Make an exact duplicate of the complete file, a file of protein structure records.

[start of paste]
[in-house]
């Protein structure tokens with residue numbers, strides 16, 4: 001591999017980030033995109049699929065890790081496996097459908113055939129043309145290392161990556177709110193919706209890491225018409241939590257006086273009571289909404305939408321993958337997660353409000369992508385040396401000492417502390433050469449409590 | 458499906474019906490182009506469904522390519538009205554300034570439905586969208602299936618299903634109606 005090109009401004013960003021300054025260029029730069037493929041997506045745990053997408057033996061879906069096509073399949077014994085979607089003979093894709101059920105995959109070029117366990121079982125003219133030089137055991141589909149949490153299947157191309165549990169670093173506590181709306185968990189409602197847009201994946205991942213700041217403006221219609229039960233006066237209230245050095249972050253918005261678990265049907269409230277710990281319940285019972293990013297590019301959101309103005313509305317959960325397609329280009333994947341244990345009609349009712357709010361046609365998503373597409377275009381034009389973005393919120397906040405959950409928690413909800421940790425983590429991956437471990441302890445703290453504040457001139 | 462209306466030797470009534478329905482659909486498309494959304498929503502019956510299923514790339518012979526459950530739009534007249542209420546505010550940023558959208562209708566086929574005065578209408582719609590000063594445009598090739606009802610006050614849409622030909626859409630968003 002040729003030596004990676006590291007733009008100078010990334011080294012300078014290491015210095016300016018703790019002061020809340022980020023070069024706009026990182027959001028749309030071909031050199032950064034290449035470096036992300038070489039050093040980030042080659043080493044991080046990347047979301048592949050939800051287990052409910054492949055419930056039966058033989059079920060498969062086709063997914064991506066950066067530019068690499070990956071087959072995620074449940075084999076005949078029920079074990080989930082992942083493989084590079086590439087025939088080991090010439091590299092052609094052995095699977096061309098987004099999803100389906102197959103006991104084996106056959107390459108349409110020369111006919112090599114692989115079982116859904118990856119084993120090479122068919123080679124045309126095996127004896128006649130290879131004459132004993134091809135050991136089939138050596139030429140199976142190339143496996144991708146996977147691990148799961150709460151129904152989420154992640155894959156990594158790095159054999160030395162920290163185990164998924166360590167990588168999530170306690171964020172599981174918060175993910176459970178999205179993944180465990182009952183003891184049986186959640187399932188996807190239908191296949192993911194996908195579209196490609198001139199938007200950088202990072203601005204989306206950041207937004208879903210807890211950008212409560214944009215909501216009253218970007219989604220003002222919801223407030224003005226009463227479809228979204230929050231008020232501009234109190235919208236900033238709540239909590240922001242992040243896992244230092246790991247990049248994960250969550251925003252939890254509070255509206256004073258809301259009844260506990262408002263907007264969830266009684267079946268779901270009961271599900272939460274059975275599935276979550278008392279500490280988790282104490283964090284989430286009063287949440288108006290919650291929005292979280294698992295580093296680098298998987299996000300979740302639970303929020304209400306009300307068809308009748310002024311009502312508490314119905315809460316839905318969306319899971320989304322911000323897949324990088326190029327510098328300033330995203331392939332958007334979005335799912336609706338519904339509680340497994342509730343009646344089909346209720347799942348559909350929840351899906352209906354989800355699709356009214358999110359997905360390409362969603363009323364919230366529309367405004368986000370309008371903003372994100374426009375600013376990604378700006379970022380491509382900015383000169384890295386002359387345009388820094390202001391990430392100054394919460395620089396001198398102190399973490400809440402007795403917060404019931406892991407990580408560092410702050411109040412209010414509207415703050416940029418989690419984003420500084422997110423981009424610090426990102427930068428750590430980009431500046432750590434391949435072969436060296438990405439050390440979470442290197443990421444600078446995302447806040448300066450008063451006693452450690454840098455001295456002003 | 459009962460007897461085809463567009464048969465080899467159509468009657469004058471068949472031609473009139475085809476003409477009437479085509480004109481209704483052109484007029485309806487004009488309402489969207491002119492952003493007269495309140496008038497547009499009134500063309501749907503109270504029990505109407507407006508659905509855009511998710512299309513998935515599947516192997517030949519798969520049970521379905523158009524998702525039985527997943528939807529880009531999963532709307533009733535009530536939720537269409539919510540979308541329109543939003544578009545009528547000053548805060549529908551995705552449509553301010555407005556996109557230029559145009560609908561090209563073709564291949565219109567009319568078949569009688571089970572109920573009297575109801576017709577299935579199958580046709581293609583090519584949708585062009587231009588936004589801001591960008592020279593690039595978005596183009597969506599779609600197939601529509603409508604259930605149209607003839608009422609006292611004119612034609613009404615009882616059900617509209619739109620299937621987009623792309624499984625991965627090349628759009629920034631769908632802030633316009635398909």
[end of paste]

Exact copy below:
[in-house]
């Protein structure tokens with residue numbers, strides 16, 4: 001591999017980030033995109049699929065890790081496996097459908113055939129043309145290392161990556177709110193919706209890491225018409241939590257006086273009571289909404305939408321993958337997660353409000369992508385040396401000492417502390433050469449409590 | 458499906474019906490182009506469904522390519538009205554300034570439905586969208602299936618299903634109606 005090109009401004013960003021300054025260029029730069037493929041997506045745990053997408057033996061879906069096509073399949077014994085979607089003979093894709101059920105995959109070029117366990121079982125003219133030089137055991141589909149949490153299947157191309165549990169670093173506590181709306185968990189409602197847009201994946205991942213700041217403006221219609229039960233006066237209230245050095249972050253918005261678990265049907269409230277710990281319940285019972293990013297590019301959101309103005313509305317959960325397609329280009333994947341244990345009609349009712357709010361046609365998503373597409377275009381034009389973005393919120397906040405959950409928690413909800421940790425983590429991956437471990441302890445703290453504040457001139 | 462209306466030797470009534478329905482659909486498309494959304498929503502019956510299923514790339518012979526459950530739009534007249542209420546505010550940023558959208562209708566086929574005065578209408582719609590000063594445009598090739606009802610006050614849409622030909626859409630968003 002040729003030596004990676006590291007733009008100078010990334011080294012300078014290491015210095016300016018703790019002061020809340022980020023070069024706009026990182027959001028749309030071909031050199032950064034290449035470096036992300038070489039050093040980030042080659043080493044991080046990347047979301048592949050939800051287990052409910054492949055419930056039966058033989059079920060498969062086709063997914064991506066950066067530019068690499070990956071087959072995620074449940075084999076005949078029920079074990080989930082992942083493989084590079086590439087025939088080991090010439091590299092052609094052995095699977096061309098987004099999803100389906102197959103006991104084996106056959107390459108349409110020369111006919112090599114692989115079982116859904118990856119084993120090479122068919123080679124045309126095996127004896128006649130290879131004459132004993134091809135050991136089939138050596139030429140199976142190339143496996144991708146996977147691990148799961150709460151129904152989420154992640155894959156990594158790095159054999160030395162920290163185990164998924166360590167990588168999530170306690171964020172599981174918060175993910176459970178999205179993944180465990182009952183003891184049986186959640187399932188996807190239908191296949192993911194996908195579209196490609198001139199938007200950088202990072203601005204989306206950041207937004208879903210807890211950008212409560214944009215909501216009253218970007219989604220003002222919801223407030224003005226009463227479809228979204230929050231008020232501009234109190235919208236900033238709540239909590240922001242992040243896992244230092246790991247990049248994960250969550251925003252939890254509070255509206256004073258809301259009844260506990262408002263907007264969830266009684267079946268779901270009961271599900272939460274059975275599935276979550278008392279500490280988790282104490283964090284989430286009063287949440288108006290919650291929005292979280294698992295580093296680098298998987299996000300979740302639970303929020304209400306009300307068809308009748310002024311009502312508490314119905315809460316839905318969306319899971320989304322911000323897949324990088326190029327510098328300033330995203331392939332958007334979005335799912336609706338519904339509680340497994342509730343009646344089909346209720347799942348559909350929840351899906352209906354989800355699709356009214358999110359997905360390409362969603363009323364919230366529309367405004368986000370309008371903003372994100374426009375600013376990604378700006379970022380491509382900015383000169384890295386002359387345009388820094390202001391990430392100054394919460395620089396001198398102190399973490400809440402007795403917060404019931406892991407990580408560092410702050411109040412209010414509207415703050416940029418989690419984003420500084422997110423981009424610090426990102427930068428750590430980009431500046432750590434391949435072969436060296438990405439050390440979470442290197443990421444600078446995302447806040448300066450008063451006693452450690454840098455001295456002003 | 459009962460007897461085809463567009464048969465080899467159509468009657469004058471068949472031609473009139475085809476003409477009437479085509480004109481209704483052109484007029485309806487004009488309402489969207491002119492952003493007269495309140496008038497547009499009134500063309501749907503109270504029990505109407507407006508659905509855009511998710512299309513998935515599947516192997517030949519798969520049970521379905523158009524998702525039985527997943528939807529880009531999963532709307533009733535009530536939720537269409539919510540979308541329109543939003544578009545009528547000053548805060549529908551995705552449509553301010555407005556996109557230029559145009560609908561090209563073709564291949565219109567009319568078949569009688571089970572109920573009297575109801576017709577299935579199958580046709581293609583090519584949708585062009587231009588936004589801001591960008592020279593690039595978005596183009597969506599779609600197939601529509603409508604259930605149209607003839608009422609006292611004119612034609613009404615009882616059900617509209619739109620299937621987009623792309624499984625991965627090349628759009629920034631769908632802030633316009635398909």